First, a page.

A candelabra bulb in the US is an E12 base (E14 in Europe). They’re usually used in small lamps or in chandelier fixtures. Even though they’re much smaller and generally put out less light than larger bulbs, they still cost about the same.
Imagine a chandelier with 8 different colored smart lights. For sure, it would be ridiculously expensive. But, I think some really cool scenes could be created.
GU10 bulbs compatible with Philips Hue
A GU10 bulb is commonly used as a spotlight for accent lighting. A little extra color can really make those accents pop. For that reason, the option to have a color GU10 bulb seems like a no-brainer.
Outdoor lights compatible with Philips Hue
If you’ve got an outdoor space you like to spend time in, adding a splash of color to the night scenes can have a magical effect.
In case you didn’t notice, Philips Hue has a whole line of outdoor lights and fixtures, too. And, just like the rest of their lights, you’ll pay a premium price to get the Hue brand.
There are a few alternatives from innr that will work with your Hue hub at a significantly lower price. However, they are not as bright as the Philips Hue lights and they cannot be controlled individually. For example, if you get the innr Spotlight kit with 3 lights, you can adjust the color and brightness of all 3 lights together, but not individually.
Whereas with the Philips Hue Lily kit, each light can be controlled separately. You can even set up scenes where the lights dynamically change color in a coordinated spectacle of light.
Light Strips compatible with Philips Hue
I know all you makers and DIYers (myself included) love a good LED strip. There’s so many uses and fun effects that can be created by putting lights in places where they usually aren’t.
Light strips can be purchased all-in-one like light bulbs, or can be “built” by assembling a controller, power supply, and LED strip light .
If your LED strip project does not require a lengthy strip, I recommend buying one of the all-in-one kits (like the innr and GIDERWEL options below).
However, if you are looking to do a large project (like LED strips circling a room), you can do a much better job by building your own. The main thing you need to worry about is to make sure your controller uses Zigbee 3.0 so that it’s compatible with your Philips Hue hub. I also recommend using a RGBCCT LED strip to provide the best color accuracy. I have several of the Gledopto ZigBee 3.0 RGBCCT controllers shown below installed in my home and they work flawlessly.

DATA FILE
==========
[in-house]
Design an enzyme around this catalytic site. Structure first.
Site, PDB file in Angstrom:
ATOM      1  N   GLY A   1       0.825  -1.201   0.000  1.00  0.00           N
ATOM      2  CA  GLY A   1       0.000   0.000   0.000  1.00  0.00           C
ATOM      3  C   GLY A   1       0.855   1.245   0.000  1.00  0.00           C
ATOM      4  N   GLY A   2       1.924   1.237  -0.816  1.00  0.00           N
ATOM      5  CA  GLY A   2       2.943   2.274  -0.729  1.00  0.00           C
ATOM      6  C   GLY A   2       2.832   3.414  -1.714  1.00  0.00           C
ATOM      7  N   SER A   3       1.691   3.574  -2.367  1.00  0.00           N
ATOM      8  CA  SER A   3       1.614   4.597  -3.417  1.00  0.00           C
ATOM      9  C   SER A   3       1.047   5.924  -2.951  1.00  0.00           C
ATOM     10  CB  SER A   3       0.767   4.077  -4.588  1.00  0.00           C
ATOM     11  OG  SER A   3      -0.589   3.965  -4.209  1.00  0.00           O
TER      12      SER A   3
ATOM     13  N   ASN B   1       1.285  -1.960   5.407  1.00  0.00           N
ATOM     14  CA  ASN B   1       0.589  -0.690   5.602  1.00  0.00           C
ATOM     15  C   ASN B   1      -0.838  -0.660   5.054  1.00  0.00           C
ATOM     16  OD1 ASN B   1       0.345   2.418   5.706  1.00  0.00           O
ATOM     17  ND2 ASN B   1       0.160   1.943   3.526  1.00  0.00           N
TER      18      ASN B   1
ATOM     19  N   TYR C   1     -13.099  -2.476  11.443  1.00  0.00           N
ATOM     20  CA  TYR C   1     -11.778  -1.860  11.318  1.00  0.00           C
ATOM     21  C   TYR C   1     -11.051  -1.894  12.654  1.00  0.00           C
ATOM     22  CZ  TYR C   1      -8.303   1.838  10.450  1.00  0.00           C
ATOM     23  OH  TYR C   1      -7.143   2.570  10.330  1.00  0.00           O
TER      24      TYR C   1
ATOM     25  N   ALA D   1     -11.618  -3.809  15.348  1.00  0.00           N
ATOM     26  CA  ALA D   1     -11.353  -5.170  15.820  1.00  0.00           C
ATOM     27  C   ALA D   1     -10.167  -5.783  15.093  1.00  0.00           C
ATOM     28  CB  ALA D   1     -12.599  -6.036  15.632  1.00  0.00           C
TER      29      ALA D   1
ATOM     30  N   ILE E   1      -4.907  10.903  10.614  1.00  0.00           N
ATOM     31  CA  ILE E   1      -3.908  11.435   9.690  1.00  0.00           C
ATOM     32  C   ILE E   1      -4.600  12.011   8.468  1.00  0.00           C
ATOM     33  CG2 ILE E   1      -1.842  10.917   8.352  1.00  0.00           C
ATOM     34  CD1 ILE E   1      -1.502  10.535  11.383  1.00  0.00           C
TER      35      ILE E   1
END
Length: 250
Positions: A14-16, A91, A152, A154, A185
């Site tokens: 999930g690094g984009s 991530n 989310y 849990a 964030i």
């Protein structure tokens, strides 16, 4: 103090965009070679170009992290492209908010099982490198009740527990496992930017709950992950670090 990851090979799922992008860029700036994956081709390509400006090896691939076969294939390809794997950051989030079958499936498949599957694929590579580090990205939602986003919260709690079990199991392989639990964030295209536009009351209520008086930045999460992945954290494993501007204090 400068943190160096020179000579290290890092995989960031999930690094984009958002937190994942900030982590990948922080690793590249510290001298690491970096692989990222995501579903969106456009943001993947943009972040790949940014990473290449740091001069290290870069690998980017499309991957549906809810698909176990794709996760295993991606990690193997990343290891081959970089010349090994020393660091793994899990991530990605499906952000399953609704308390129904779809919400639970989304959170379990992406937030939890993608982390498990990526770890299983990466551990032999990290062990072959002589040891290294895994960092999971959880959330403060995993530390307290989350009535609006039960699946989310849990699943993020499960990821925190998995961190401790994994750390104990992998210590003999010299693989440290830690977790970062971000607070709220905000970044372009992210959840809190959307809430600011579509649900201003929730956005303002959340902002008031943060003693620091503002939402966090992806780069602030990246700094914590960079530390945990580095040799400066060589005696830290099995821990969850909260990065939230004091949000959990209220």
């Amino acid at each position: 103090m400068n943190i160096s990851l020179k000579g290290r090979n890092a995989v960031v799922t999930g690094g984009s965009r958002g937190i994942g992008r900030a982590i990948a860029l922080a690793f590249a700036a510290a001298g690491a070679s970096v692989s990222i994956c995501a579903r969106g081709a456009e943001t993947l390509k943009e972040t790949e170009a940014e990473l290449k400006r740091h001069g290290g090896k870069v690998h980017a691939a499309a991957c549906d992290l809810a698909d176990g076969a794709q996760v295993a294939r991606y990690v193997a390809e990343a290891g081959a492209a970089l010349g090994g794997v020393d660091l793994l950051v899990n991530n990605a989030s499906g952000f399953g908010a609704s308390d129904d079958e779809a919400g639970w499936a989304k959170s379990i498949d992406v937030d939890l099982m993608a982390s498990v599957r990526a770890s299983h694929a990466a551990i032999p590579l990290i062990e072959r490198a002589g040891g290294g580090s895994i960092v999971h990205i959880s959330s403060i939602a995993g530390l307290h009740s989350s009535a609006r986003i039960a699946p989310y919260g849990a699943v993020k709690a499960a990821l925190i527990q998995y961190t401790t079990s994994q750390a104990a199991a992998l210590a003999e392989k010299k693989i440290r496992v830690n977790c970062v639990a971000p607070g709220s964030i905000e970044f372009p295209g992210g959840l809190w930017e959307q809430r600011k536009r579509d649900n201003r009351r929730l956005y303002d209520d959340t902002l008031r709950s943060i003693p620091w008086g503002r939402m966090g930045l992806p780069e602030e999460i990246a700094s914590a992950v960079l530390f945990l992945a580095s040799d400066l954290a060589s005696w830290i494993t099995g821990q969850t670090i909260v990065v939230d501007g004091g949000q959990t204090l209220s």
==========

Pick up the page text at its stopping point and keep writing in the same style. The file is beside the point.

Which lights will not work with Philips Hue?
A smart light needs to use either Zigbee Light Link (ZLL) or Zigbee 3.0 wireless protocol to work with the Philips Hue bridge. That means any smart bulb that uses only WiFi, Z-Wave, or BlueTooth will not work.
Most smart lights are the wrong wireless protocol, so it’s fairly obvious that they won’t work. Here is a list of the ones that may be questionable:
Hey look, a Philips smart bulb! It must work with my Hue hub, right?
I’m sure there are lots of people that bought the Philips WiZ bulbs thinking they would effortlessly pair with their Hue hub. However, the WiZ bulbs are WiFi only. The Hue hub is Zigbee only. Therefore, they are not compatible.
I can confirm that Sylvania Smart lights are not compatible with the Hue hub in the US.
Apparently, they sell a different version in Europe because the Smart+ lights are compatible there. Because of that, you may read a blog post or review (probably written by someone in Europe) that states they are compatible.
But, you can trust me and iConnectHue. They are not compatible in the US.
The Sengled bulbs do use Zigbee, but are not compatible with Hue because they use the Zigbee HA (not Zigbee 3.0) standard. However, they will connect directly to Hubitat and SmartThings or other Zigbee hubs that support ZHA.
I’d love to tell you that Philips Hue bulbs are way overpriced and that you can easily spend half as much on a third-party bulb and get the same performance. But, in my experience, it’s not entirely true. That said, it doesn’t mean these alternative lights are not useful. In fact, I think they’re very useful and use them throughout my home.
The main areas I prefer the genuine Philips Hue bulbs are in the dining room and living room where I frequently use the dynamic scenes. With the Philips Hue bulbs you get smooth transitions and vibrant colors. With the “others”, you sometimes get clunky transitions and muddled colors.
Additionally, I prefer the Philips Hue bulbs in our baby room due to their ability to dim way down. When baby wakes up in the middle of the night, it’s nice to be able to turn the lights on to a faint warm glow. Dimming to 1% with the third-party bulbs, doesn’t get nearly as dim.
Other than that, I’ve found that I barely notice the difference between third-party bulbs and genuine Philips Hue bulbs. What has your experience been?